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Re: stereotypical Jews in music

I wonder if Henry Sapoznik would consider Cherniavsky's Yiddish-American 
Jazz Band as the quintessential example of "Jewish performers taking on the 
stereotypical role" (though demeaningly or not is another question)--they 
dressed like Hassidim, and even (as Henry recounts in his discussion on 
pages 110-112 of his book) performed in front of a curtain "painted with 
huge grotesque caricatures of klezmorim."

I think the issue of Chernivasky's use of "stereotypical" images is different 
than those used by non-Jews on the mainstream American stage. Cherniavsky 
chose "exotic" characters familiar to emigre Jews at the time (Hasidim and 
Cossacks). This accessible exoticism was tweaked by their unlikely pairing 
with the even more "exotic" element of "jazz". (Anyone who has heard these 
records knows that Cherniavsky's understanding of "jazz" was pretty slim...)
The very pictoralization made Cherniavsky's imagery useless on the American 
stage as those audiences would not be familair with these images, only with th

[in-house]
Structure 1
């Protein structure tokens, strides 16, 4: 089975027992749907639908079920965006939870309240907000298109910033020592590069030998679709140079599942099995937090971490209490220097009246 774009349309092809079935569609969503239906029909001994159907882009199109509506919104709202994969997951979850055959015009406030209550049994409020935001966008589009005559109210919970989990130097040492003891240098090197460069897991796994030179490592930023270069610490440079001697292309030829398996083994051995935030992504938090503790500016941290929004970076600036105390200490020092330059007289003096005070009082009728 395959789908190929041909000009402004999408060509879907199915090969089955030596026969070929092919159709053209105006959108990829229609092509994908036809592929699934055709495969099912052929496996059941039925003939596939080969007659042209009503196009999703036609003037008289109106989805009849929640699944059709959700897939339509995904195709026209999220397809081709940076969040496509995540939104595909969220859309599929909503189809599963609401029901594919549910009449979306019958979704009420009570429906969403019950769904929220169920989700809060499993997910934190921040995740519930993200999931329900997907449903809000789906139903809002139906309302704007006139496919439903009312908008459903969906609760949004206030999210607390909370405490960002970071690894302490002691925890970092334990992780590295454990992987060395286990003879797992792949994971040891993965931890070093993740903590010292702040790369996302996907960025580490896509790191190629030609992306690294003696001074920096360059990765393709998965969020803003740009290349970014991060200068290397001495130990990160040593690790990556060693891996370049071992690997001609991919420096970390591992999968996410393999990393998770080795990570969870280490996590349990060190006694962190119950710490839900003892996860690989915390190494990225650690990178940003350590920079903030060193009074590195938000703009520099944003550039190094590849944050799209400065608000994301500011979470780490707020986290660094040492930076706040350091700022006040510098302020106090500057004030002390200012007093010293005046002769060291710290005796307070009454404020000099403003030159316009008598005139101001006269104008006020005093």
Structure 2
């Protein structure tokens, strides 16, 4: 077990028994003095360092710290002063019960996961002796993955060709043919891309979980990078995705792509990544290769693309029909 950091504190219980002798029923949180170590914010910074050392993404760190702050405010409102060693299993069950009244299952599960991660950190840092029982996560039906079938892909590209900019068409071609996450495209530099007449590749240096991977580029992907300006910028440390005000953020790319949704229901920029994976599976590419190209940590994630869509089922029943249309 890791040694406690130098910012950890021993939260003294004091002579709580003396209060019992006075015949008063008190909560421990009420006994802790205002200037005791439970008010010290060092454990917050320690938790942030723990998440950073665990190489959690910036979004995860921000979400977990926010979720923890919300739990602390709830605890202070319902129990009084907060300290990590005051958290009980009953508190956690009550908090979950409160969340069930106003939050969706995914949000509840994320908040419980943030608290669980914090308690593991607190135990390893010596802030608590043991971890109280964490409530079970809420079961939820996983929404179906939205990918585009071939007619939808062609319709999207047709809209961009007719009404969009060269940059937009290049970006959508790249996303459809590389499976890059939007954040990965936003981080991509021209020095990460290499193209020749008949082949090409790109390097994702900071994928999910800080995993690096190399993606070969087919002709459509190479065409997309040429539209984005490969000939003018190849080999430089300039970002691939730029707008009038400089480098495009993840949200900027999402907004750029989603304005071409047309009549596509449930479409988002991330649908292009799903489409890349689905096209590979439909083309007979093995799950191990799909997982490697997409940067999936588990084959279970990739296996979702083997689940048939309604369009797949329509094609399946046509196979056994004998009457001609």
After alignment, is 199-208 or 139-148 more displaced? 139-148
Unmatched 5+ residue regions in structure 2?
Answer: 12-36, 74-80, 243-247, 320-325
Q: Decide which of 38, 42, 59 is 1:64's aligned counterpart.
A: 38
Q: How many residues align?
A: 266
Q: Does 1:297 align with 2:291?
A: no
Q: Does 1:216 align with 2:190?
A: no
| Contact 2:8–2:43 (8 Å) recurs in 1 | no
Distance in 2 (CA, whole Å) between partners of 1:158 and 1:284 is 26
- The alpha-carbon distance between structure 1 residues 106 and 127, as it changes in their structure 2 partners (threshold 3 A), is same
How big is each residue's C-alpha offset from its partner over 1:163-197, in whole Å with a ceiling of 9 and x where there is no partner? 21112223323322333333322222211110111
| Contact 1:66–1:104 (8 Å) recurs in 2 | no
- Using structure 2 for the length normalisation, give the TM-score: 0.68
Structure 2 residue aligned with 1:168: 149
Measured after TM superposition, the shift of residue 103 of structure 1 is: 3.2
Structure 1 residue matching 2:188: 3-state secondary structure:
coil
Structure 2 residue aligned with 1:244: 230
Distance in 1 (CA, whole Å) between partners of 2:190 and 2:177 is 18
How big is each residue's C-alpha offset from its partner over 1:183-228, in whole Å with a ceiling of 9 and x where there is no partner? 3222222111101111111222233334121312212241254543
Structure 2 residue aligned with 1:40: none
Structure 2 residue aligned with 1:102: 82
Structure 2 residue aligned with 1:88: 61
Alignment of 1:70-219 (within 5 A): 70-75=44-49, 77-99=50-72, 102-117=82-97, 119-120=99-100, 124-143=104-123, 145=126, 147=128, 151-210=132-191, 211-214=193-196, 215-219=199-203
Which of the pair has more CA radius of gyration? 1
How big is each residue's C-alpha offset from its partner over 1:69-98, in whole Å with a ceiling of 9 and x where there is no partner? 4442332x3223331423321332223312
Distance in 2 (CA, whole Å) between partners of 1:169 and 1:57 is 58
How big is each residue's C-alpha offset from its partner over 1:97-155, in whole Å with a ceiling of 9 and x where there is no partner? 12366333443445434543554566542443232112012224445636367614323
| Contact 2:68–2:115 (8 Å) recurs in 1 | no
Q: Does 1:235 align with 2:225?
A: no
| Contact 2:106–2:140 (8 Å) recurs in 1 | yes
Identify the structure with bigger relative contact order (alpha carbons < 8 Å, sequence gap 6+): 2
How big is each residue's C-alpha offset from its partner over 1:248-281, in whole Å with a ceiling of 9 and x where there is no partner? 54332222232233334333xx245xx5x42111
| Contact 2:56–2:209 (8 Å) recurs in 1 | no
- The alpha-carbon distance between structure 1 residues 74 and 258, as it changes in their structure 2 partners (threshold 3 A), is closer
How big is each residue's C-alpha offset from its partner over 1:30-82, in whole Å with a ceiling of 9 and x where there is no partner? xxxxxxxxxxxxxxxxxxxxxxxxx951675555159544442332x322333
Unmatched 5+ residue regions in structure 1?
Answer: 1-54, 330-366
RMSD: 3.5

e  "Jews" found in pages of Puck and Life, on the cover of myraid music 
sheets and on other vaudeville stages: the derby wearing round shouldered 
Though these kind of scurrying fast talking  Jew types (the kind of character 
finally morphed into the stage personna of Groucho Marx) were found on the 
Yiddish stage, too, they were balanced by a myriad of other more positive and 
diverse depictions thus avoiding the kind of one-dimensional racism rampant 
in the American popular theater. 
As to Cherniavsky's curtain, I'm no art historian but wouldn't it be a great 
study to compare his backdrop to Chagall's for the Moscow Yiddish Art 
Theater, the one which no doubt inspired Cherniavsky's...?

Henry Sapoznik

---------------------- jewish-music (at) shamash(dot)org ---------------------+

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